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Building Your Stage III Lung Cancer Treatment Team

Building Your Stage III Lung Cancer Treatment Team

From pulmonologists to oncologists, these are the healthcare providers who will aid in your recovery.

You don’t have to face lung cancer alone. From the moment of diagnosis, you’ll have a medical team around you dedicated to helping you get better. “In this day and age, the patient is best served by a multidisciplinary team all evaluating the patient together,” says Dr. Franco Rea, MD, a thoracic surgeon at Presbyterian/St. Luke’s Medical Center in Denver, Colorado. “No one tries to manage the patient themselves. It’s too difficult, and we all have different skill sets.”

A multidisciplinary approach
Your primary care physician (PCP) will most likely be your first point of contact. If your PCP suspects you might have lung cancer, he or she will refer you to a pulmonologist or surgeon, who will bring in the rest of the team.

In the past, that team would come together in a piecemeal way, says Dr. Rea. One doctor would call another to ask for help, then another and another until a team was assembled. Over the past 10 or 15 years, though, lung cancer treatment has evolved to what Rea calls a multidisciplinary conference.

“We all sit down together—the pulmonologist, the oncologist, the thoracic surgeon, the radiologist—and we all discuss the patient, give different opinions, throw out suggestions,” says Rea. “That’s routine at pretty much any hospital now.”

Meet the team
There’s no one leader of a lung cancer treatment team, according to Rea. “Everyone’s sort of a co-captain. That’s why we all put our heads together.” Here are some of the professionals who are likely to make up your team.

Physicians

  • Radiologist. The radiologist uses imaging technology such as X-rays, CT scans and PET scans to help with diagnosis and monitoring your treatment.
  • Pulmonologist. A pulmonologist is a doctor who specializes in diseases of the lungs. He or she will usually be responsible for biopsies and diagnosis of any tumors found in the lungs.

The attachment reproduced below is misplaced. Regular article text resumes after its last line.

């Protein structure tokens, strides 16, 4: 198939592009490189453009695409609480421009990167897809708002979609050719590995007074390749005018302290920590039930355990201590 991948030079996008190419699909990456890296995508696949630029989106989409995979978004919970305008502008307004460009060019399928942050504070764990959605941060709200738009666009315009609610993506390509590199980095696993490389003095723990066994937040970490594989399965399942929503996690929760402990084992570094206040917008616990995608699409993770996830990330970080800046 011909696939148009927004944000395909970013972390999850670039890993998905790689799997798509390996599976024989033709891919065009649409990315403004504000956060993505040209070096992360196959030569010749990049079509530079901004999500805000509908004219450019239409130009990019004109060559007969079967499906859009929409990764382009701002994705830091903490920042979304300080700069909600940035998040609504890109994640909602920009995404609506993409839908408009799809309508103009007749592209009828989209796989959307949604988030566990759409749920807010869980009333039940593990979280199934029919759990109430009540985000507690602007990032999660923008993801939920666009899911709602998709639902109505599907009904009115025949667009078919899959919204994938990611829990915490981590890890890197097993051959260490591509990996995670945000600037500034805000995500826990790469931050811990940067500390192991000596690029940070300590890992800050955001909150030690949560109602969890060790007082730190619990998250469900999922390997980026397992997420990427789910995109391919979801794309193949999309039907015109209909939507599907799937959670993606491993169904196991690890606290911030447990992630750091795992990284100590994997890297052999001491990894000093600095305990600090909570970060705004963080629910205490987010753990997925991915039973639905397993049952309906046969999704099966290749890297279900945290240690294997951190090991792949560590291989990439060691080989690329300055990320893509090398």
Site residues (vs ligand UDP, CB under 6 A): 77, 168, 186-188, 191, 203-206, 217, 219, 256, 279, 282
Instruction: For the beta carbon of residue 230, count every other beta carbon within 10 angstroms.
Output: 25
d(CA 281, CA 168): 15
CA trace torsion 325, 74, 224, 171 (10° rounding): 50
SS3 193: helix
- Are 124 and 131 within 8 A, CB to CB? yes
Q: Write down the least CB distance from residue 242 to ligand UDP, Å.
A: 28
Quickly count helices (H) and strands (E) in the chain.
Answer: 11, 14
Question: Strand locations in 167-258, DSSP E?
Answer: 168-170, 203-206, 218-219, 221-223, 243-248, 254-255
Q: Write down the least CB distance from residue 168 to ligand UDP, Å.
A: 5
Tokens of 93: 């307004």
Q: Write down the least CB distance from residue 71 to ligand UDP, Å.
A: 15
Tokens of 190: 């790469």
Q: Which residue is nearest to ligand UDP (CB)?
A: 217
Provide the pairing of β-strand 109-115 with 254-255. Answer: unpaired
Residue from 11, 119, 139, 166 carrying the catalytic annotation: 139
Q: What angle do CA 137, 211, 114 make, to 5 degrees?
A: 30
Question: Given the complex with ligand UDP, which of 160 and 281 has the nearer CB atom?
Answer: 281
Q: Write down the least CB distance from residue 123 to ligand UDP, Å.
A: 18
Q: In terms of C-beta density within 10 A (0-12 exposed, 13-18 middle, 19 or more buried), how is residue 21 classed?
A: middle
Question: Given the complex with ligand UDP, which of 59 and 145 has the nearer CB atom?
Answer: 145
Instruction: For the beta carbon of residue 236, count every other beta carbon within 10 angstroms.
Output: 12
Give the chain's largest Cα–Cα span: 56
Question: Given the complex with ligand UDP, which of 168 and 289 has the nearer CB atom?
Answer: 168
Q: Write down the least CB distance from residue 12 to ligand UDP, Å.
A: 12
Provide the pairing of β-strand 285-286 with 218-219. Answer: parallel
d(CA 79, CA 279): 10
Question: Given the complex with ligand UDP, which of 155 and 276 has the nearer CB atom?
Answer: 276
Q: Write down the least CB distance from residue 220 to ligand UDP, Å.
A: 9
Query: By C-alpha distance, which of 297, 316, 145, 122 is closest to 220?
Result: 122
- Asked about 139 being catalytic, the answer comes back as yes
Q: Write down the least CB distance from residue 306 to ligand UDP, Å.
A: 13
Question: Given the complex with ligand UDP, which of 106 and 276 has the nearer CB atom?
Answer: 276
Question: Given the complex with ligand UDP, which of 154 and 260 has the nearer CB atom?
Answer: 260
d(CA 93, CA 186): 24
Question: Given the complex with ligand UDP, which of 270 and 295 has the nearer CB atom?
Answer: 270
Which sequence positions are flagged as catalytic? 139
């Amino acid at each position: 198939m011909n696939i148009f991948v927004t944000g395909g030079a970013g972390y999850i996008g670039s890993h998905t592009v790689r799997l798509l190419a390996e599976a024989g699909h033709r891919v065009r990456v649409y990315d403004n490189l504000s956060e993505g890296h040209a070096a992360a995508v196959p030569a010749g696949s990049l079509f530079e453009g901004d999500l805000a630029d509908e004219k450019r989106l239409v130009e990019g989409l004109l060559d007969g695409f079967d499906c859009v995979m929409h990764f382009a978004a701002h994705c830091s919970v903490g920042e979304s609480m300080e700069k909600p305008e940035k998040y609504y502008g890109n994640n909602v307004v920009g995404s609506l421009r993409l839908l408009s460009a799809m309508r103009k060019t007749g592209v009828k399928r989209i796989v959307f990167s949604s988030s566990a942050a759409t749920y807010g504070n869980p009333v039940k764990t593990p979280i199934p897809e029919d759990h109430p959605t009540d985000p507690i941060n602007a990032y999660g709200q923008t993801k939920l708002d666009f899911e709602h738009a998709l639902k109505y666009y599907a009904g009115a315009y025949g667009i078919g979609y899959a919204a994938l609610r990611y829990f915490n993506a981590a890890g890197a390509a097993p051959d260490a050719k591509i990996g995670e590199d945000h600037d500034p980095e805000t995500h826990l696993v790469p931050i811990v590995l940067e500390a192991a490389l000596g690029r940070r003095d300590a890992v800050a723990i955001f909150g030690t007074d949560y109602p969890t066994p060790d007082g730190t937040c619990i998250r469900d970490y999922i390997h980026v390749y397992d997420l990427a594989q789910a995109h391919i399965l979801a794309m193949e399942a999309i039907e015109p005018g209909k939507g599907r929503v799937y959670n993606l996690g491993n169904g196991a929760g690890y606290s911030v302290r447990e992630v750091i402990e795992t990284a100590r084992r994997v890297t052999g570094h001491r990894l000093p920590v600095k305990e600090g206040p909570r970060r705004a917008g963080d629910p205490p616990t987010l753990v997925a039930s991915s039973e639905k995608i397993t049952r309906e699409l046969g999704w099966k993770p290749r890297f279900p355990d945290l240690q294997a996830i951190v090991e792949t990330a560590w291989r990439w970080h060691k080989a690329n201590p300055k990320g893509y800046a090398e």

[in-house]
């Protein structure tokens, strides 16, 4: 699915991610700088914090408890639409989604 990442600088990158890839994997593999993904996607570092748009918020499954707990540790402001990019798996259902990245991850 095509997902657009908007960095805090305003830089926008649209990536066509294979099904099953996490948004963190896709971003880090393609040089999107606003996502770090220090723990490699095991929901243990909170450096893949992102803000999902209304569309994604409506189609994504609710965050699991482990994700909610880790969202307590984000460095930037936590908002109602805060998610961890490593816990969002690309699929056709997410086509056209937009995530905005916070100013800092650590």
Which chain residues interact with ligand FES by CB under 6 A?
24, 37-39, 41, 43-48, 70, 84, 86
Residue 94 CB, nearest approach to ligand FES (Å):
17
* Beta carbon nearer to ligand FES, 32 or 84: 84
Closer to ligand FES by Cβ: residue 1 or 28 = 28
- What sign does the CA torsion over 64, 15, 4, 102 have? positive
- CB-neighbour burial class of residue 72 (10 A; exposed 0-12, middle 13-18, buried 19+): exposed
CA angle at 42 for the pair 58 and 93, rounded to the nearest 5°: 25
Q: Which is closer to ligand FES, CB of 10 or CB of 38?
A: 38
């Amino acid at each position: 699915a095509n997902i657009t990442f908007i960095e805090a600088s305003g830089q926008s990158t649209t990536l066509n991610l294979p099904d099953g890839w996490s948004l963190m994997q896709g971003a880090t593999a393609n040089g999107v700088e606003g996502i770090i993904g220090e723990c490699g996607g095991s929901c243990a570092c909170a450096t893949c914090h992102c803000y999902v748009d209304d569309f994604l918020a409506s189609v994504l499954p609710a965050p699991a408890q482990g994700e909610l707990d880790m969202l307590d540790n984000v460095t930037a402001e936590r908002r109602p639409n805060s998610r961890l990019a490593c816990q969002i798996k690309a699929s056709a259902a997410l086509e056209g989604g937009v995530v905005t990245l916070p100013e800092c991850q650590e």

• Thoracic surgeon. The thoracic surgeon operates on your lungs to cut out tumors and will be heavily involved in post-operative recovery. “I’ll still see the patient every three to six months for about five years,” says Rea. “After five years, I’ll follow up on about a yearly basis.”
  • Oncologist. The oncologist is responsible for directing the non-surgical care, says Rea. You’ll see an oncologist often if you’re getting chemotherapy. Radiation oncologists will lead your radiation therapy, if you need it.
  • Primary care physician. Your PCP will often play a supportive role in your lung cancer treatment team. He or she probably knows you best out of all the team members.

Non-physicians

  • Oncology nurse navigator. The nurse navigator helps guide you through the administrative aspects of your treatment, such as making sure you’re seeing the correct doctors and helping with paperwork. “The nurse navigator helps to coordinate the services,” Rea says.
  • Genetic counselor. Some types of lung cancer are hereditary. A genetic counselor can order tests and help explain what the results mean for you and others in your family.

Although each healthcare provider has a very niche role, together they make up a team dedicated to your treatment and recovery.

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